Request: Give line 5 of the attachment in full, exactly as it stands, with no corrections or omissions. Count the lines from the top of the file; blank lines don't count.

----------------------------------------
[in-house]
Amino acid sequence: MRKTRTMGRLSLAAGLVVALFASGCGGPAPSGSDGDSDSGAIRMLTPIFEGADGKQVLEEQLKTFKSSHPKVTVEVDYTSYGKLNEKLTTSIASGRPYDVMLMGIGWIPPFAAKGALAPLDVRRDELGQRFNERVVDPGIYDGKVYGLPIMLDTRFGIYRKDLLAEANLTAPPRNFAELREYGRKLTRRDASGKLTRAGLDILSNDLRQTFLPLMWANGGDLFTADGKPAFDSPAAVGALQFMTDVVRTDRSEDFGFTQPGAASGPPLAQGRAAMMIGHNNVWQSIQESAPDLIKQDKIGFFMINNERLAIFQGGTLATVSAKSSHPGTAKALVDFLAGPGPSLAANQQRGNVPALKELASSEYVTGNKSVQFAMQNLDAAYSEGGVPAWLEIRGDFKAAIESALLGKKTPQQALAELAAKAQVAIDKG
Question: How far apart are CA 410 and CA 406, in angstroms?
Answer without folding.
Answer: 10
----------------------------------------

Answer: 10